Lemma 10

For \(n\ge 2^{24}\cdot 5^3\) the interval [5n / 3, 37n / 19) contains a number of the form \(2^a\cdot 5^{b}\) with \(a\ge 1\) and \(b\ge 0\).

Proof

It is enough to show that there exists an strictly increasing sequence of integers \(\{m_i\}_{i=1}^{\infty }\) of the form \(m_i=2^{a_i+1}\cdot 5^{b_i}\) with \(a_1=23\) and \(b_1=3\), \(a_i,b_i\ge 0\), having the property that
$$\begin{aligned} 1<\frac{m_{i+1}}{m_i}<\frac{111}{95}. \end{aligned}$$
Since both \(2^7/5^3\) and \(5^{10}/2^{23}\) are in (1, 111 / 95), the idea is to use the substitutions \(5^3\rightarrow 2^7\) and \(2^{23}\rightarrow 5^{10}\) to produce a strictly increasing sequence starting from \(m_1\). Note that we can at each stage make one of these substitutions as otherwise we have reached a number dividing \(2\cdot 2^{22}\cdot 5^{2}<m_1\), a contradiction. \(\square \)

Corollary 3

Suppose that \(m=2^a\cdot p^{b}\), \(p>5\), \(a,b\ge 1\). If \(m\ge \frac{37}{19}\cdot 2^{24}\cdot 5^{3}\), then m is not a discriminator value.

Proof

Suppose that \(\mathcal {D}_1(n)=m\), then we must have
$$\begin{aligned} z(m)=2^a\cdot p^{b-1}(p+1)/(2k)\ge 19m/37\ge n, \end{aligned}$$
that is \(m\ge 37n/19\). By Lemma 10 in the interval [5n / 3, 37n / 19) there is an integer of the form \(m=2^c\cdot 5^{d}\) with \(c\ge 1\). This integer discriminates the first n terms of the sequence and is smaller than m. This contradicts the definition of the discriminator. \(\square \)

Thus we see that in some sense there is an abundance of numbers of the form \(m=2^{a}\cdot 5^b\) that are in addition fairly regularly distributed. Since they discriminate the first n terms provided that \(m\ge 5n/3\), rather than the weaker \(m\ge 2np/(p+1)\) for \(p>5\), they remain as values, whereas numbers of the form \(m=2^{a}\cdot p^b\) with \(p>5\) do not.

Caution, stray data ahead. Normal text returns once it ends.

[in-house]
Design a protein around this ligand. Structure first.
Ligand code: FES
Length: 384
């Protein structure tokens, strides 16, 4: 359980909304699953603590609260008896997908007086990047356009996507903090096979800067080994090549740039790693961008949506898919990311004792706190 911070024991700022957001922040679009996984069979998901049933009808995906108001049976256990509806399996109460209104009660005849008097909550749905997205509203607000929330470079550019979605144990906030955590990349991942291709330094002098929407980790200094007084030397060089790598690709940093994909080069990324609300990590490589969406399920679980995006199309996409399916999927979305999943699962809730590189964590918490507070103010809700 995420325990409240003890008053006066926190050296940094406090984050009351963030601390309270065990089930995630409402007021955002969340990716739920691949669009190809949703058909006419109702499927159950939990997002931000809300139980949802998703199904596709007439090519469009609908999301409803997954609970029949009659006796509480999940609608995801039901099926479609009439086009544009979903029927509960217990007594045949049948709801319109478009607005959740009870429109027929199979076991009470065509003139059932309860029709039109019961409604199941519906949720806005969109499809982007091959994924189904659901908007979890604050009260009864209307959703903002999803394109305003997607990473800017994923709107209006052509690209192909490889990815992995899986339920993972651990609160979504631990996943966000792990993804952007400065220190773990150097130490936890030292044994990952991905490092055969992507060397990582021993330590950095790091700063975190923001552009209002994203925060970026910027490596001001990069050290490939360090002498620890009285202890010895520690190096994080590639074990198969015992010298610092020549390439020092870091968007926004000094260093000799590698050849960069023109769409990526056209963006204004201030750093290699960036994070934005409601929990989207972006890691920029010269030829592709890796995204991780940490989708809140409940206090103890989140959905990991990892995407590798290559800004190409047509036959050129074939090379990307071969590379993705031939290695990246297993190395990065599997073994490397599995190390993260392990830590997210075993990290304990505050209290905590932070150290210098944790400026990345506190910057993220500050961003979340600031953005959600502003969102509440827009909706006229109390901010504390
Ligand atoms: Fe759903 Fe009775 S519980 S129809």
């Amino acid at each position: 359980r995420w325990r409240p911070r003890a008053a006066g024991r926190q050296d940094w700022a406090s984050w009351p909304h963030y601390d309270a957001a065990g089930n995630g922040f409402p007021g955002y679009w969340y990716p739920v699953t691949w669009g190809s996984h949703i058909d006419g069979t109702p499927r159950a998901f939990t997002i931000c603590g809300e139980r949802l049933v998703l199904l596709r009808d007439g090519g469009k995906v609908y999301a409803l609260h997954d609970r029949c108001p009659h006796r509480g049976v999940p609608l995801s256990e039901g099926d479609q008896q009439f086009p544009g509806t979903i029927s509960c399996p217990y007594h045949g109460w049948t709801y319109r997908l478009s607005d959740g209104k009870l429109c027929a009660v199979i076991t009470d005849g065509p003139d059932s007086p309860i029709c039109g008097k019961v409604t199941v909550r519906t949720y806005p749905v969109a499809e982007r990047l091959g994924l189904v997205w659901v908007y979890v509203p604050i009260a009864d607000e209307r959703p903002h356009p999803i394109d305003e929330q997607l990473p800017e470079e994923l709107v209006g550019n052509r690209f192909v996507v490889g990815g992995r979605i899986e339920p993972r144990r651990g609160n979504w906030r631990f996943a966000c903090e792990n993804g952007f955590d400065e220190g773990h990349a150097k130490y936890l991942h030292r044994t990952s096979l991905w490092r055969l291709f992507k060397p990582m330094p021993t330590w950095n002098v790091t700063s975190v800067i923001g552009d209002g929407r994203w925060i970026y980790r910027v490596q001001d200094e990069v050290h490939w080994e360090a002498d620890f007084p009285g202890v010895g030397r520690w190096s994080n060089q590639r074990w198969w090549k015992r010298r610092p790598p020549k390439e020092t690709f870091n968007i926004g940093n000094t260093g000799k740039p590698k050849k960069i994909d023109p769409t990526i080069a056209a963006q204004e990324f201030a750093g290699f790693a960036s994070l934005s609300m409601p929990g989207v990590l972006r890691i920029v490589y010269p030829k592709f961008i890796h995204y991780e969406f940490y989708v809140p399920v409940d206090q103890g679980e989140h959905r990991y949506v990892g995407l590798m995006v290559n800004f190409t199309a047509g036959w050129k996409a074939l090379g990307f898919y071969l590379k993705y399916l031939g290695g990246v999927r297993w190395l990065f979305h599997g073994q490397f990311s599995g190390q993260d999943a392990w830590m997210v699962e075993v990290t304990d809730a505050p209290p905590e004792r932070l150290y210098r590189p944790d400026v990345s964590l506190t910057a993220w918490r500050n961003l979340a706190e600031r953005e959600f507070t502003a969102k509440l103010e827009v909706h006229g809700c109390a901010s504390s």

Lemma 11

If \(n>1,\) then \({\mathcal D}_1(n)=2^a\cdot 5^b\) for some \(a\ge 1\) and \(b\ge 0\).

Proof

By Lemma 7 we have \(a\ge 1\). If \(m={\mathcal D}_1(n)\ne 2^a\) for some \(a\ge 1\), then by Lemma 6 iii it is of the form \(m=2^a\cdot p_1^{b_1}\) for some Open image in new window . Let us assume for the sake of contradiction that we have discriminators of the form \(m=2^ap_1^{b_1}\) for some odd \(p_1> 5\). Then \(z(p_1^{b_1})=p_1^{b_1-1}(p_1+1)/2\). Let A be minimal with \(p_1^{b_1}<2^{A+8}\). Then \(A\ge 2\) by our calculation because we did not find any such \(p_1\) on calculating \({\mathcal D}_1(n)\) for \(n\le 2^{10}\) (cf. Sect. 1). Then
$$\begin{aligned} 2^{A+7}<p_1^{b_1-1}\frac{(p_1+1)}{2}. \end{aligned}$$
Consider the numbers
$$\begin{aligned} 2^{A+7},\quad 2^{A+1}\cdot 3\cdot 5^2,\quad 2^{A+1}\cdot 5^3,\quad 2^{A+8}. \end{aligned}$$
Assuming that \(p_1>50\), \(2^{A+8}>p_1^{b_1}\) and that \(p_1^{b_1}+p_1^{b_1-1}>2^{A+8}\), we obtain
$$\begin{aligned} 0<2^{A+8}-p_1^{b_1}<p_1^{b_1-1}<\frac{2^{A+8}}{50}. \end{aligned}$$
Hence, \(p_1^{b_1}\) sits in the last \(2\%\) of the interval ending at \(2^{A+8}\). Since
$$\begin{aligned} 2^{A+8}-2^{A+1} 5^3=2^{A+1} 3=2^{A+8} (3/128)>2^{A+8}/50, \end{aligned}$$
it follows that \(p_1^{b_1}>2^{A+1} 5^3\). We now claim that \(p_1^{b_1-1}(p_1+1)/2<2^{A+1} \cdot 3\cdot 5^2\). Indeed, for that to happen it suffices that
$$\begin{aligned} 2^{A+8} \left( \frac{p_1+1}{2p_1}\right) <2^{A+1}\cdot 3\cdot 5^2, \end{aligned}$$
so \(2p_1/(p_1+1)>128/75\), which is equivalent to \(22p_1>128\), which is true for \(p_1>50\).

Since \(2^a\cdot p_1^{b_1}\) discriminates the first \(2^a\cdot p_1^{b_1-1}(p_1+1)/2\) terms of the sequence (but not more) and the same integers are discriminated by the smaller number \(2^{a+A+1}\cdot 5^3\), the number \(2^a\cdot p_1^{b_1}\) is not a discriminator value.

So, it remains to check the primes \(p_1<50\). Since Open image in new window , we just need to check \(p_1\in \{13,29,37\}\). Fortunately, 13 is a Wiefrich prime for \(\alpha \) in thatso we cannot use powers \(13^{b_1}\) with \(b_1>1\), while for \(b_1=1\) the interval \([z(p_1),p_1]=[7,13]\) contains 8 which is a power of 2. For 29, we have that \(z(29)=5\) (instead of \((29+1)/2\)), so 29 is not good either.

It remains to deal with \(p=37\). We will show that for \(k_i=2\cdot 37^i\) and \(1\le i\le 5\), there is a power of the form \(2^{e_i}<k_i\) that discriminates the same terms of the sequence as \(k_i\) does, thus showing that \(k_i\) cannot be a discriminator. By the same token, any potential value \(2^{\alpha }\cdot 37^i\), \(1\le i\le 6\), is outdone by \(2^{\alpha +e_i}\). Any remaining value of the form \(2^{\alpha }\cdot 37^i\) has \(i\ge 6\) and \(\alpha \ge 1\) and cannot be a value by Corollary 3.

The numbers \(2^{e_i}\) we are looking for must satisfy
$$\begin{aligned} 2\cdot 37^{i-1}\cdot 19\le 2^{e_i}< 2\cdot 37^i\text { for }1\le i\le 5. \end{aligned}$$